Second, and in conjunction with this "development" regarding Mr. Bronson's testimony, plaintiff asserts that he now "abandon[s] all claims premised upon [Mr. Gates's] exposure to asbestos while he served in the United States Navy." Pl.'s Mem. 7. Plaintiff argues that this "abandonment" destroys subject matter jurisdiction and requires the case to be remanded pursuant to 28 U.S.C. § 1447(c), which provides:

A motion to remand the case on the basis of any defect other than lack of subject matter jurisdiction must be made within 30 days after the filing of the notice of removal under section 1446(a). If at any time before final judgment it appears that the district court lacks subject matter jurisdiction, the case shall be remanded.

As an initial matter, a plaintiff may not narrow the scope of his pleaded allegations by simply informally "abandoning" certain claims in a memorandum of law. Roche Diagnostics GmbH v. Enzo Biochem, Inc., 992 F.Supp.2d 213, 219 (S.D.N.Y. 2013) ("It is well settled that a party may not amend its pleadings in its briefing papers." (citations omitted)). More importantly, plaintiff's reading of § 1447(c)-that narrowing the scope of his claims completely destroys subject matter jurisdiction and forces a remand-has already been considered and squarely rejected by at least one other federal district court in this Circuit. Maguire v. A.C. & S., Inc., 2014 WL 6611748, at *4 (S.D.N.Y. Nov. 21, 2014) ("A plaintiff's later attempts to narrow the scope of [his] claims, so as to eliminate federal claims or defenses, do not erase the Court's subject matter jurisdiction." (citations omitted)).

Essentially, plaintiff contends that because "the record is entirely bereft of evidence substantiating [asbestos] exposure" during the time period of Mr. Gates's naval service, Crane's federal contractor defense has been revealed as no longer "colorable." But this argument neglects the impact of the January 9 MDO, which found that plaintiff's operative complaint, read in conjunction with interrogatory responses detailing a "Jobsite-Specific Exposure History" that included Mr. Gates's period of naval service, was fairly read against defendant as alleging "exposure aboard specific ships, during a specific time period, from specific asbestos-containing products, including valves, that were manufactured by specific defendants, including Crane." The January 9 MDO also found that defendant, for its part, had adduced sufficient evidence to satisfy its burden of showing that it had served as a U.S. Navy contractor, provided asbestos-related products during that period, and that those products were provided pursuant to specifications governing federal contractors.

In other words, original jurisdiction in this federal forum was established when the January 9 MDO concluded that Crane had provided sufficient evidence to demonstrate a "colorable" federal defense supporting removal. Whether defendant's proffered evidence (and other evidence in the record) will ultimately suffice to establish a complete defense at trial-or is even sufficient to raise a fact issue that could survive a round of dispositive motion practice-is not the question at issue here. Cuomo v. Crane Co., 771 F.3d 113 (2d Cir. 2104) ("[T]he district court's role on a remand motion is not to resolve whether the defendant has established the federal contractor defense or to resolve factual disputes, but only to ensure the existence of some competent evidence supporting a colorable' federal defense.").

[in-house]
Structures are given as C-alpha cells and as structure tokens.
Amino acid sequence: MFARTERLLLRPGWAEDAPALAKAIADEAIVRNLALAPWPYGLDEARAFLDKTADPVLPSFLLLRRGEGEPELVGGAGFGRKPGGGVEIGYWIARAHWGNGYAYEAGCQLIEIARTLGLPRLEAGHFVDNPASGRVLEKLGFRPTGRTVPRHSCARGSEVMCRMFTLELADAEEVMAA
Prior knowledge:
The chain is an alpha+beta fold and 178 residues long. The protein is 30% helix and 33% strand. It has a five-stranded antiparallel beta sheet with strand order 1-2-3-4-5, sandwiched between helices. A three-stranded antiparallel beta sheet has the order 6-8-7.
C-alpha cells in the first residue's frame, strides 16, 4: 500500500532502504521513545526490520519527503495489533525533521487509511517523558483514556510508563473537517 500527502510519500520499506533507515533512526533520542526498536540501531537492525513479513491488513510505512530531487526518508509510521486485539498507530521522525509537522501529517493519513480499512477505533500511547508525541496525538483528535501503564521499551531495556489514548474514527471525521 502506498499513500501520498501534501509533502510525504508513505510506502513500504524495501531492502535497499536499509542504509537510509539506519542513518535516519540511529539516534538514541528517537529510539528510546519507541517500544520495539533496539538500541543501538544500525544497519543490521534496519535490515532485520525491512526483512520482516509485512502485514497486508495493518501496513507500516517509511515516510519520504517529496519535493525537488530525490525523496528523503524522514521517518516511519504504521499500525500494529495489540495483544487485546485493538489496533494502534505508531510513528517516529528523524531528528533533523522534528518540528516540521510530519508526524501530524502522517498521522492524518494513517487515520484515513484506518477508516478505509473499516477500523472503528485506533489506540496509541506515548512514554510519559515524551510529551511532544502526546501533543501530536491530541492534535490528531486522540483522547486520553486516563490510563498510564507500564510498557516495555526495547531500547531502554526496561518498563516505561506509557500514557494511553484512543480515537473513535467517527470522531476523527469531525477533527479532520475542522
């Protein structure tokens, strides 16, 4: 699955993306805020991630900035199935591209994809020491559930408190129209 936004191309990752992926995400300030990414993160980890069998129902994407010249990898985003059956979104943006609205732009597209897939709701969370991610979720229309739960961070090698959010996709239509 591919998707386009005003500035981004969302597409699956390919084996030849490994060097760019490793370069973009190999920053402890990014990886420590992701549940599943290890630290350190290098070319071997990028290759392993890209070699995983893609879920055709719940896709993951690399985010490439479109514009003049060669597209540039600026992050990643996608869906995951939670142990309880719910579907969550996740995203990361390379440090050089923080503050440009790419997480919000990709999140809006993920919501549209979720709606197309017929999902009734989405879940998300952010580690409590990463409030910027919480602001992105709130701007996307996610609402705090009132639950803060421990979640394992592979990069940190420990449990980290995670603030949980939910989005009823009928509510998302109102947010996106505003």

And as the Maguire Court has noted, even if plaintiff were to formally amend his operative complaint so as to eliminate federal claims and defenses, leaving only state-law claims remaining, this would merely raise a question as to whether the continued exercise of § 1367 supplemental jurisdiction is proper. See 2014 WL 6611748, at *4 (citations omitted); accord Dougherty v. A.O. Smith Corp., 2014 WL 4447293, at *1-2 (D. Del. Sept. 8, 2014) (noting that even formal dismissal of claims merely prompts the exercise of discretion contemplated in § 1367(c)(3)).

Indeed, the continued exercise of supplemental jurisdiction would still be subject to the district court's careful weighing of "the values of judicial economy, convenience, fairness, and comity" as well as a consideration of whether the party seeking remand "had engaged in forum manipulation." Maguire, 2014 WL 6611748 at *5 (citations omitted). In any event, such discretion would only be properly exercised if the federal contractor defense was also unavailable to each and every remaining defendant, a fact entirely unclear from the state of the litigation at this juncture. See Frawley v. Gen. Elec. Co., 2007 WL 656857, at *6 (S.D.N.Y. Mar. 1, 2007) (noting that defendant's removal gave district court original jurisdiction "over all claims against all government contractors who can assert federal actor status-not just over the removing defendant" and concluding that "Second Circuit precedent does not permit this court to remand the case if any claims over which this court has original jurisdiction remain in suit" (emphasis in original)). Accordingly, plaintiff's motion to remand will be denied.

III. CONCLUSION

The January 9 MDO determined Crane had provided sufficient evidence to establish a colorable federal defense and that jurisdiction in this forum was proper. Neither the additional evidence of Mr. Bronson's irrelevant testimony nor plaintiff's informal "abandonment" of claims related to Mr. Gates's naval service warrant a reversal of that decision.

Therefore, it is

ORDERED that

Plaintiff's second motion to remand is DENIED.

IT IS SO ORDERED.